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On January 25, 2019, the U.S. Court of Appeals for the District of Columbia (“D.C. Circuit”) in a unanimous decision granted a petition for review in Hoopa Valley Tribe v. FERC, No. 14-1271 (D.C. Cir., Jan. 25, 2019).  The key holding in the case, which concerns the ongoing FERC’s relicensing of the Klamath Hydroelectric Project, is that the States of California and Oregon waived their authorities under section 401 of the Clean Water Act (“CWA”), 33 U.S.C. § 1341, by failing to rule on the applicant’s submitted application for water quality certification within one year from when it was initially filed in 2006.  The applicant for many years had followed, at the request of the States, the common industry practice of “withdraw-and-resubmit” of its water quality certification application in an attempt to annually reset the one-year time period for the States to act, as established under CWA section 401.  The D.C. Circuit in Hoopa Valley Tribe invalidated this practice as a means of resetting the statutory clock, instead holding that the clear text of CWA establishes that “a full year is the absolute maximum” time for a state to decide on a water quality certification application.
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On January 17, 2019, FERC denied requests for rehearing of its prior order to revoke Boyce Hydro Power, LLC’s (“Boyce Hydro”) license for its 4.8 MW Edenville Project No. 10808 (“Edenville Project”), which consists of a 6,600-foot-long dam in Michigan.  Boyce Hydro and the Sanford Lake Preservation Association (“Sanford Lake”) (together, the “Petitioners”) raised several claims in their requests for rehearing, including that FERC discounted the efforts Boyce Hydro took to remedy safety issues at the dam.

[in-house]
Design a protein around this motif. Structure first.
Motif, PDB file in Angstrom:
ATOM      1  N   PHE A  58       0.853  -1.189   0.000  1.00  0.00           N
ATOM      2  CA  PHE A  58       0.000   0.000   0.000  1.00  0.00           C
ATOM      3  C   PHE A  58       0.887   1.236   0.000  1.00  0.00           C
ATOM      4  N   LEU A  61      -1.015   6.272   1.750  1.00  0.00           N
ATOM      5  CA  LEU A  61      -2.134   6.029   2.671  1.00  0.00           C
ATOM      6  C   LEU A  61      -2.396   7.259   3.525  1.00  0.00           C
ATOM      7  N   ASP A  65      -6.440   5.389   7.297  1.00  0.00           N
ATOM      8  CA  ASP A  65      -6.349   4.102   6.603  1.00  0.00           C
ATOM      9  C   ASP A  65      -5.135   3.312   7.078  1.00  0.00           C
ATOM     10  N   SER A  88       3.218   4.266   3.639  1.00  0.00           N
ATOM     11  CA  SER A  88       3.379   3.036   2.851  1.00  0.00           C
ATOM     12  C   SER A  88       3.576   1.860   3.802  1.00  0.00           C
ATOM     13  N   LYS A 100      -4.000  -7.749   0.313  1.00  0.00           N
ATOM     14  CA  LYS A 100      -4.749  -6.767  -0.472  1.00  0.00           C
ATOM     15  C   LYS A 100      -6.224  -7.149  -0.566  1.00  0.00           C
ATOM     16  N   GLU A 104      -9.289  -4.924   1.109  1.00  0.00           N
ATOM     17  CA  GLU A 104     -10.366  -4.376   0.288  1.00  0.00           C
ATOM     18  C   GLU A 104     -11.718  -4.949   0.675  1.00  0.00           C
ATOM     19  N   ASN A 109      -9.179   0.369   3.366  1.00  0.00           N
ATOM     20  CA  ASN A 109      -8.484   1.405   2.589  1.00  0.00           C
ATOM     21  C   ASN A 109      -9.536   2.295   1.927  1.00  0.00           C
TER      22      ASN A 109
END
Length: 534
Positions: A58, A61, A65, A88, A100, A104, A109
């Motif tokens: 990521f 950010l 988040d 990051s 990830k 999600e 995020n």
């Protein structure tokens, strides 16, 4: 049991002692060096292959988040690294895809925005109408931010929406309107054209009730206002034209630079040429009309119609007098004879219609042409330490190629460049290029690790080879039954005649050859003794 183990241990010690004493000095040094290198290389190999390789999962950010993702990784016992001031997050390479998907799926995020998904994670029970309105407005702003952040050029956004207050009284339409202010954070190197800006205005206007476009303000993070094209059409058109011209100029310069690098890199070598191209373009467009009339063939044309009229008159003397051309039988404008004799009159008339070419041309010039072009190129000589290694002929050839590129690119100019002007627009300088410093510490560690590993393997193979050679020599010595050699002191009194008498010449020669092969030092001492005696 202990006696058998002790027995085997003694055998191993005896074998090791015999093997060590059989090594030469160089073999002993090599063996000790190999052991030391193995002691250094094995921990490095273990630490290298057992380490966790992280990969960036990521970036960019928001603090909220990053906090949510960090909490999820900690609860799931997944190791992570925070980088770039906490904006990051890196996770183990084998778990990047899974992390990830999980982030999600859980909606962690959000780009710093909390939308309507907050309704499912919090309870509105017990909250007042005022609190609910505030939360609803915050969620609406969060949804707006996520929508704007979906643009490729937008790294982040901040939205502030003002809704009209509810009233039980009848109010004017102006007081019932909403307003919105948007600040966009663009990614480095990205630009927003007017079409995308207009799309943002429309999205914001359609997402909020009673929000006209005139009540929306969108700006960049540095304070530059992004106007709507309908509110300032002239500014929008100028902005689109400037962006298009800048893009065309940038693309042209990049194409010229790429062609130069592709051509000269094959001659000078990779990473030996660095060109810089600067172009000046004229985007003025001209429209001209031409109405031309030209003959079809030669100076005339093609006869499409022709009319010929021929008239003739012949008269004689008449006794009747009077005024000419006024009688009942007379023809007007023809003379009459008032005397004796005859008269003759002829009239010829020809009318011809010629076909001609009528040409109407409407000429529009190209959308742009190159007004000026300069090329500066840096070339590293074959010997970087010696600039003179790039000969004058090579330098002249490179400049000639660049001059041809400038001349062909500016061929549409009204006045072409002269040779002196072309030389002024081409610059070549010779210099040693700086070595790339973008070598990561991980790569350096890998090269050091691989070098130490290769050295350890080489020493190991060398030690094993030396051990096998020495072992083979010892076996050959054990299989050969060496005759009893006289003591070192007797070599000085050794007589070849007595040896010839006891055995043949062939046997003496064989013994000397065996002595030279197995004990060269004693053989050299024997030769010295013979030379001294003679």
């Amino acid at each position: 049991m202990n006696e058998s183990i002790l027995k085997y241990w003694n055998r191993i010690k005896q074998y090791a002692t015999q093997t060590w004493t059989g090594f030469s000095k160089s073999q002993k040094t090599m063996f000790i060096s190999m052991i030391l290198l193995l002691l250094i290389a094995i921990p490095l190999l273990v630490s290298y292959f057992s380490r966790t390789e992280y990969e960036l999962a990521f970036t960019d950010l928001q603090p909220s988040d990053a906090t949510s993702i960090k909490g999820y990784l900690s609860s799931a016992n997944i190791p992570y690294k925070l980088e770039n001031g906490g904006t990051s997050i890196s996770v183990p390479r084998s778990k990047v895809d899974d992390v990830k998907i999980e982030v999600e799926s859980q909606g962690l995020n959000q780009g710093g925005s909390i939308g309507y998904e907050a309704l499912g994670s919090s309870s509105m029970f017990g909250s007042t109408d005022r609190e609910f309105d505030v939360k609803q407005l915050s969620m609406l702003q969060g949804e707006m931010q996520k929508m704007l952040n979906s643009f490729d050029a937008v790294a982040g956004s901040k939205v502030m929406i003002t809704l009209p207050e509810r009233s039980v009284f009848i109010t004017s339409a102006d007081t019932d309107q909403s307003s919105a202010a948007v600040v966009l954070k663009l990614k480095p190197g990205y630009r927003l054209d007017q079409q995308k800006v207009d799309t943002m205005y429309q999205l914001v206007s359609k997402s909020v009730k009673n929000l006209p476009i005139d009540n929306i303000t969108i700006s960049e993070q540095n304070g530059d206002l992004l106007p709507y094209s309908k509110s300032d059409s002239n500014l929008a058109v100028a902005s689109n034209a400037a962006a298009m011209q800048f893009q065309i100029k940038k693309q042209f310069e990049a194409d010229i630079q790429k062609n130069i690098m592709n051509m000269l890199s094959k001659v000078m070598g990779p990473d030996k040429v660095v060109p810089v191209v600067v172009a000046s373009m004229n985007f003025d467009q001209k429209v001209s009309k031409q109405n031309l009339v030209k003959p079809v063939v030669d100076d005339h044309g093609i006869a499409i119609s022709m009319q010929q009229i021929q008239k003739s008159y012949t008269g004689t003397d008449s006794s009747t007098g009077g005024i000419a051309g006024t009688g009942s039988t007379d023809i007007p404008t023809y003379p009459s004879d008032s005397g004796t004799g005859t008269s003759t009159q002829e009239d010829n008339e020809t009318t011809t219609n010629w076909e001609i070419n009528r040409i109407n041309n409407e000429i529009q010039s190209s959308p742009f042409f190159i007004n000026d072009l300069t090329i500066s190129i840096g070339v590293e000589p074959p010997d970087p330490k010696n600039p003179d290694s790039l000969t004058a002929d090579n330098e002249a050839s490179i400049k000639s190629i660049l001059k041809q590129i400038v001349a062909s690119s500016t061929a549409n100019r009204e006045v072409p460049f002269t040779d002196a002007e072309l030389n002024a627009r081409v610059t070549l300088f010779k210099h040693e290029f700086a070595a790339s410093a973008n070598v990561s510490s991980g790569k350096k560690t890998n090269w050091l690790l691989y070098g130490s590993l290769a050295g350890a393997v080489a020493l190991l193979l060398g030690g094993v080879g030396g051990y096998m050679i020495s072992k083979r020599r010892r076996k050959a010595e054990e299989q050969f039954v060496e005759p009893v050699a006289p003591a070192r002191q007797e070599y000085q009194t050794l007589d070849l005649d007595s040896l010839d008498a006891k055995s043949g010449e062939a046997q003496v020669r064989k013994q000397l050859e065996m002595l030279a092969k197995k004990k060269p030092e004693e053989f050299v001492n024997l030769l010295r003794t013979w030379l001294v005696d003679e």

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On January 18, 2019, the United States Court of Appeals for the District of Columbia Circuit (“D.C. Circuit”) denied a petition by the State of North Carolina to review two FERC orders involving the relicensing of the Yadkin River Hydroelectric Project (“Yadkin Project”) in North Carolina.  The D.C. Circuit found substantial evidence supporting FERC’s decision to deny North Carolina’s allegations of misrepresentation by Alcoa Power Generating, Inc. (“Alcoa”), the license applicant, and to grant a new operating license to Alcoa for the Yadkin Project.  The court also rejected North Carolina’s proposal to invoke the federal recapture provision of the Federal Power Act (“FPA”) to the state at Alcoa’s net investment plus severance damages.
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On December 18, 2018, FERC eliminated the requirement for hydroelectric project licensees to file Form 80, which solicited information on the use and development of recreation facilities at FERC-licensed hydropower projects.  FERC also revised Sections 8.1 and 8.2 of its regulations to (1) modernize licensee public notice practice, (2) clarify recreational signage requirements, and (3) provide flexibility to assist licensees’ compliance with these requirements.  The Final Rule will go into effect 90 days after it is published in the Federal Register.